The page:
Moscow and Washington have been competing for Tehran’s favors since Hasan Rouhani was elected Iranian president.
US media are throwing out hints that the new man is ready to extend an olive branch to the West after he is sworn in Sunday Aug. 4. (See a separate article in this issue).
In Moscow, various sources are trumpeting Vladimir Putin’s forthcoming visit to Tehran as the first ever by a Russian president – except that getting it pinned down has proved tricky.
At first, sources in Moscow said Putin would attend the Iranian president’s swearing-in ceremony next Sunday. That plan was quickly dropped when the invitation list showed no attendees of the Russian president’s rank, only second or third-tier leaders.
Two new dates were bandied about this week by sources in Moscow: August 12 or August 16. At length, an anonymous Russian official confirmed both dates: Putin’s visit to Tehran would span four days in all.
An official visit of this unusual length attests to a major push by the Russian leader to beat the Obama administration in the rush to the Iranian door.
Super-advanced Russian missiles may be offered Tehran
It will be long enough for him to sit down with Iran’s leaders and forge shared policies – not just on Iran’s nuclear program but on key Middle East and Persian Gulf issues in general. Furthermore, the Russian leader understands that deals on cooperation with the new president and exchanges between members of his entourage and the new ministers will not be binding without the blessing of Supreme Leader Aytatollah Ali Khamenei.
Four days give him enough time to get together with the boss.
Meeting the ayatollah in person is also important for his game of upmanship with the US president.
Washington sources talk excitedly about building a direct line from President Barack Obama to the new Iranian president, whereas Putin hopes to top this by getting to see the man who calls the shots in Tehran, the supreme leader.
Moscow is putting out bait to catch the fish. A second wave of reports swept the Russian media this week about advanced arms Moscow was contemplating offering Tehran – namely the sale of S-300VM Antey-2500 air defense systems, a member of the S-300 long-range surface-to-air missile family.
The S-300s were originally developed for Soviet air defense forces, but when the ground forces wanted a comparable system tailored to their special needs, the S-300V was developed and later upgraded as the improved S-300VM version.
Tehran may like the Antey-2500 better than the S-300
By offering this weapon, Moscow hopes to persuade Tehran to drop its lawsuit against Russia for reneging on the $800 million contract signed in 2007 for the delivery of five S-300 antimissile batteries. The deal was revoked in 2010 by a law signed by then-Russian President Dmitry Medvedev which limited Russian military cooperation with Iran. Tehran filed a lawsuit with an international arbitrage in Geneva, demanding $4 billion in damages as compensation.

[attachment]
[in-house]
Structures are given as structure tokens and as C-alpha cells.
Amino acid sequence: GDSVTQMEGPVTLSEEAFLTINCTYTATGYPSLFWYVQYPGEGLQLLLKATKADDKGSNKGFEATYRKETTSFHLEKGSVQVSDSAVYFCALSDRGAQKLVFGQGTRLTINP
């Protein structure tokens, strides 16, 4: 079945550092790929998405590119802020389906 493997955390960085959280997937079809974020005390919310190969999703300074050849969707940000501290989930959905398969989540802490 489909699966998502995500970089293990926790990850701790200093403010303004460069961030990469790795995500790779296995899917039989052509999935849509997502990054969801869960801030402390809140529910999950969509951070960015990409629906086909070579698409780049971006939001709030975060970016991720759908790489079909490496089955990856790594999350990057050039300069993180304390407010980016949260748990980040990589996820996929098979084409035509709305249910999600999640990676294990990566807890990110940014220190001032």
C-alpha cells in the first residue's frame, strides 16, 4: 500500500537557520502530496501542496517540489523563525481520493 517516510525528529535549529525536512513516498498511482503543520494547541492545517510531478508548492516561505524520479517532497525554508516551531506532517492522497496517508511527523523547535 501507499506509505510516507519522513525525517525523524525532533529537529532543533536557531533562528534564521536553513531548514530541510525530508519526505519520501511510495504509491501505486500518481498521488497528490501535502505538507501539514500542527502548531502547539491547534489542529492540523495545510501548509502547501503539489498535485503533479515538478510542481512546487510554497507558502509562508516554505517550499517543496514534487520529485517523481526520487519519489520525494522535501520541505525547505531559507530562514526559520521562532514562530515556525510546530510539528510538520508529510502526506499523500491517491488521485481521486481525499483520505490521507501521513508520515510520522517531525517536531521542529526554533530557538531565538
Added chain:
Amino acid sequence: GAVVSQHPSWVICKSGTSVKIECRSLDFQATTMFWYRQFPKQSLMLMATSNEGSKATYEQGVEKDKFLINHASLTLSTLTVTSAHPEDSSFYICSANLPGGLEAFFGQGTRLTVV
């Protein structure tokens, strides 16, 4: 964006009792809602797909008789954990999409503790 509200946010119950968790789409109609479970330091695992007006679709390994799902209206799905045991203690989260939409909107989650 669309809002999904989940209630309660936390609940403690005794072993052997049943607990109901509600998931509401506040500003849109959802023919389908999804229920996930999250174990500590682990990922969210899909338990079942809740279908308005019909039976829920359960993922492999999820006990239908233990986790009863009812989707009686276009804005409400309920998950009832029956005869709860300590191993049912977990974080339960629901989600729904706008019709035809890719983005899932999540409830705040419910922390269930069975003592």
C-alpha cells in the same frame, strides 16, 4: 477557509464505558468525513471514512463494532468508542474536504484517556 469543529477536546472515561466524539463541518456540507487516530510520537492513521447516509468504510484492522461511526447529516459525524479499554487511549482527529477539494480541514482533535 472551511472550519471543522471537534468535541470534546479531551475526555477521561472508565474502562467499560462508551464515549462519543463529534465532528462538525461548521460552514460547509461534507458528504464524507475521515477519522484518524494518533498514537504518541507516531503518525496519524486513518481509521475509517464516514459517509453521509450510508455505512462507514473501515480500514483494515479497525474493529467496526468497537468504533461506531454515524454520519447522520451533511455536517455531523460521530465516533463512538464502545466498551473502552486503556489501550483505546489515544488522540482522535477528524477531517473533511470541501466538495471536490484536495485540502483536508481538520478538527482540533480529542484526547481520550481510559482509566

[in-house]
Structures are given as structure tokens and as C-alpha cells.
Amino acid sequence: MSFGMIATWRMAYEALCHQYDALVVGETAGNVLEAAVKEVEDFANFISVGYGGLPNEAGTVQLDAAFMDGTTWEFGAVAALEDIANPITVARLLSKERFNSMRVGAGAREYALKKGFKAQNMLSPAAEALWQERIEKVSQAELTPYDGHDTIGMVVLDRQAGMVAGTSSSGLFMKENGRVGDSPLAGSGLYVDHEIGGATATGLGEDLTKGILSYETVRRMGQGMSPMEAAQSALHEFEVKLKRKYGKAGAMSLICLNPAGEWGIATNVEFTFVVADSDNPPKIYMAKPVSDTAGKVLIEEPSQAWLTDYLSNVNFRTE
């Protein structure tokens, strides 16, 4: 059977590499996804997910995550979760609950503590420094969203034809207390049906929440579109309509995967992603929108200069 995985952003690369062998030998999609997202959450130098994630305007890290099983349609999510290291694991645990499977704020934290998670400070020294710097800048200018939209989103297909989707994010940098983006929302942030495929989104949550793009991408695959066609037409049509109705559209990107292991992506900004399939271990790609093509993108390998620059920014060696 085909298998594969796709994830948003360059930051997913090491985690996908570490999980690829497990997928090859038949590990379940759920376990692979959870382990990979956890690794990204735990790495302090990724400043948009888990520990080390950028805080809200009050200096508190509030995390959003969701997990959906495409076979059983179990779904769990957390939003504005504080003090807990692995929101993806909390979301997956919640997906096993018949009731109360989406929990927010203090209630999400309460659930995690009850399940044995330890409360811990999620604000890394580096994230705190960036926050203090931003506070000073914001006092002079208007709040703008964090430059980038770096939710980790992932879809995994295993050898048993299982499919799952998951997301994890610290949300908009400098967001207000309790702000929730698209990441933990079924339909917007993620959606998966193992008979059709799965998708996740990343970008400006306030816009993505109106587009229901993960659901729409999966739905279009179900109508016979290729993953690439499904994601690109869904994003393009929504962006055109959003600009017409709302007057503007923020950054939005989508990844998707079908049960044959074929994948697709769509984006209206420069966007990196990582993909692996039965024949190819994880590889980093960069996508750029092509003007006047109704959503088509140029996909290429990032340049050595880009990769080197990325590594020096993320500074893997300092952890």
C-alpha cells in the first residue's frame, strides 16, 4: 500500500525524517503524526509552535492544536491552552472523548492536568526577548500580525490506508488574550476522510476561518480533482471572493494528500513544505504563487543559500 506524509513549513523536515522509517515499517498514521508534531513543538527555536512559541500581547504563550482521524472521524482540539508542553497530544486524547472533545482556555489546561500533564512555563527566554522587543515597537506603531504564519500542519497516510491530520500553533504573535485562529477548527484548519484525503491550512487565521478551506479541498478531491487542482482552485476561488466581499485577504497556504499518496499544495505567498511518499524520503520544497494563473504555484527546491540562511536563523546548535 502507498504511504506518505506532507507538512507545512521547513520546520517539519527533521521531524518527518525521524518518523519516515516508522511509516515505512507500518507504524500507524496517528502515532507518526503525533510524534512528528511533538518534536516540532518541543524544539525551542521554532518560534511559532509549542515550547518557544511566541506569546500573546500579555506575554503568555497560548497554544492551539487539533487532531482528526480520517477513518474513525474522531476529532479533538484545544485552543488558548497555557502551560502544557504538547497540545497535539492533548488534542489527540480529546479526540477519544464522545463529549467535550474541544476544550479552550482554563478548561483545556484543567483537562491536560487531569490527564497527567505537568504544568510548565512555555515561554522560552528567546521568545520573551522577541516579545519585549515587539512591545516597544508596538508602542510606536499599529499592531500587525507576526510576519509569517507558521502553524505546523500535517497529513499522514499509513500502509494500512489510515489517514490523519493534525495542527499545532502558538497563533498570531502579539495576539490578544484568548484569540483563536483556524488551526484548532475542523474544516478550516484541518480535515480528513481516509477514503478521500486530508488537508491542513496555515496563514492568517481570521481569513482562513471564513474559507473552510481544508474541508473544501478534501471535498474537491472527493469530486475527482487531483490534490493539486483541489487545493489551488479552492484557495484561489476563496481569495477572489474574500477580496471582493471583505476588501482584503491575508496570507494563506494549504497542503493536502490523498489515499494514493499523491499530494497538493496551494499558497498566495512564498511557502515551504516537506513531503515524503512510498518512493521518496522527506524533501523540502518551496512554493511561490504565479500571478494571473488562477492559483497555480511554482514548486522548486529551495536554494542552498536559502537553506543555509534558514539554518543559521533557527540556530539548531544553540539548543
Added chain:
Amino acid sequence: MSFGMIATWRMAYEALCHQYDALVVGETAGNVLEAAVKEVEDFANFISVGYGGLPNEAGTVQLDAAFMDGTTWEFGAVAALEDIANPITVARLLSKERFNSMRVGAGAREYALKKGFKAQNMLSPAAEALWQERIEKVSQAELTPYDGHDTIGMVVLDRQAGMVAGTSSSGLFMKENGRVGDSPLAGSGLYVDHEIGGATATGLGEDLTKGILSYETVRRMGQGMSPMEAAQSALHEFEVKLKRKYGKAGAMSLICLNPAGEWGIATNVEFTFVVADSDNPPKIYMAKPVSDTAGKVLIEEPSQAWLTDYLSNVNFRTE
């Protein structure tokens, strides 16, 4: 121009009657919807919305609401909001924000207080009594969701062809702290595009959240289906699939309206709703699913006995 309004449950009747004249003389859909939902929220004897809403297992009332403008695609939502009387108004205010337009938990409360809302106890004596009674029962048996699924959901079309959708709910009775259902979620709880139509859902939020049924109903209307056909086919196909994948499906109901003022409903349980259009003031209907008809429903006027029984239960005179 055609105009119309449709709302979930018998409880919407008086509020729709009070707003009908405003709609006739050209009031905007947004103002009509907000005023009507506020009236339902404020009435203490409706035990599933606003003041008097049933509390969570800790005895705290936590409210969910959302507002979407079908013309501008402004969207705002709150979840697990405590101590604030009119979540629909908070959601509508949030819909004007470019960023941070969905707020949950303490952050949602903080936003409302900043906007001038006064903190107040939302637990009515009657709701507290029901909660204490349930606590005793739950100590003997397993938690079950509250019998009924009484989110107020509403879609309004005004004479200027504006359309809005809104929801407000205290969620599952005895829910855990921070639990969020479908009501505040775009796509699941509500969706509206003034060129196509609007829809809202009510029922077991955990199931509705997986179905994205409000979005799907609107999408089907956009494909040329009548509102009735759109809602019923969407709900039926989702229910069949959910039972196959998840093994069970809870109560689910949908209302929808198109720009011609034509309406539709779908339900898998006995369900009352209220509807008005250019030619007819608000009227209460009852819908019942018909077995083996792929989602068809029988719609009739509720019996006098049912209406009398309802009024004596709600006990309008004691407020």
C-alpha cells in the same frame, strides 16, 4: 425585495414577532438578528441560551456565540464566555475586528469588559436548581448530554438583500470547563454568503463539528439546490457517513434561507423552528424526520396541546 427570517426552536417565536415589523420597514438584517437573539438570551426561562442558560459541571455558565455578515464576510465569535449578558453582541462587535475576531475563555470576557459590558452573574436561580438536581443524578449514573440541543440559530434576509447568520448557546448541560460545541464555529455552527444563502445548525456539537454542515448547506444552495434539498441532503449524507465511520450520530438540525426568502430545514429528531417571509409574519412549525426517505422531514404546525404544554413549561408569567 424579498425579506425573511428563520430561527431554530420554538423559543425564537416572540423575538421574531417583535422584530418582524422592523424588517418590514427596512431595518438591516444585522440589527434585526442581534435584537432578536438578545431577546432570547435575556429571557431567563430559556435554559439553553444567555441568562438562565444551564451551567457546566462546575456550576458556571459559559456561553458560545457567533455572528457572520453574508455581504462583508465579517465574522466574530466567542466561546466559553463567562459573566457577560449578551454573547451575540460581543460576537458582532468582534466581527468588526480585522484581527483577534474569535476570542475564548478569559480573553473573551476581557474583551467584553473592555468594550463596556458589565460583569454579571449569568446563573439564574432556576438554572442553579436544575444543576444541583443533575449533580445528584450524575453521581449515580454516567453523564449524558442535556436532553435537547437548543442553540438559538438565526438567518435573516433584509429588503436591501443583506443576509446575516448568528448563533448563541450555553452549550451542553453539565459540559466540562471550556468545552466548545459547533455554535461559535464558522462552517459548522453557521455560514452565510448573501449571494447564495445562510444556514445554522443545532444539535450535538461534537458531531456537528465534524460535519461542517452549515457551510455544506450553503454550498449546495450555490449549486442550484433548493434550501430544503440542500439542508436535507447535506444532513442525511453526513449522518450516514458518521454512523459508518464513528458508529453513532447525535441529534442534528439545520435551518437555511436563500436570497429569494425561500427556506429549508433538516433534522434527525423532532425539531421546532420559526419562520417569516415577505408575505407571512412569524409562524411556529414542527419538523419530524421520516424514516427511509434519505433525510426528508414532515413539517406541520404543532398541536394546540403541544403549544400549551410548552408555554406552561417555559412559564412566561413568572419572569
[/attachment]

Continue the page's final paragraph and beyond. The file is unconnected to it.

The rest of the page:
Moscow is not planning to revoke the 2010 law, which was enacted in keeping with a UN Security Council sanctions resolution against Iran over its nuclear program. But the Russians can get around it: The S-300VM systems are not listed among the weapons banned from sale to Iran and are not therefore covered by the law.
Tehran might in fact find the Antey-2500, more attractive than the S-300, military experts believe, because it is designed to intercept tactical ballistic missiles. There is speculation that a possible Israeli attack on Iran would start with a massive missile attack on Iran’s key air defense sites and military air bases, before follow-up air strikes are directed at fortified nuclear enrichment facilities.
An S-300VM battery is capable of taking down aerial targets moving at a speed of 4,500kph and tracking and engaging up to 24 aircraft or up to 16 ballistic missiles simultaneously.
It has a range of up to 200km for aircraft and up to 40km for ballistic missiles. The system takes no more than 6 minutes for a trained crew to switch from travel position to combat position.
Saudi funding if Russian arms replaced US weapons sales to Egypt
The Saudis were a step ahead of everyone else in reading the emerging Russian-Iranian map, according to DEBKA Weekly's Gulf sources.
After a short trip to Paris, Chief of the Saudi General Intelligence Prince Bandar Bin Sultan landed Wednesday, July 31 on the Kremlin’s doorstep and was immediately received by President Putin.
The conversation between the head of this superpower and the spy chief of the strongest and richest nation in the Gulf region was much more than a polite exchange. Our Moscow sources disclose that it ranged over Iran, the Syrian war and the turmoil in Egypt.
An official communiqué said only that "A wide number of questions regarding Saudi-Russia relations were discussed as well as the situation in North Africa and the Middle East."
However, our sources learned that Prince Bandar was interested to hear about Putin’s planned Tehran visit and how far he was prepared to go to endorse Iran’s nuclear agenda.
Regarding Syria, the Saudi spy chief asked how Moscow would react if President Obama finally decided on limited military intervention in Syria (See the opening item in this issue on the disagreements between President Obama and Saudi leaders on this).
On the Egyptian question, Bandar asked how Moscow would respond to a decision by Egyptian Defense Minister Gen. Fattah El-Sisi to run for president – in defiance of Washington and Brussels.
(See the item in this issue on the general’s election campaign).
Under discussion too, according to our military sources, was the substitution of Russian arms for US weapons in the event of a cutoff of US deliveries to Egypt. The Saudis would foot the bill.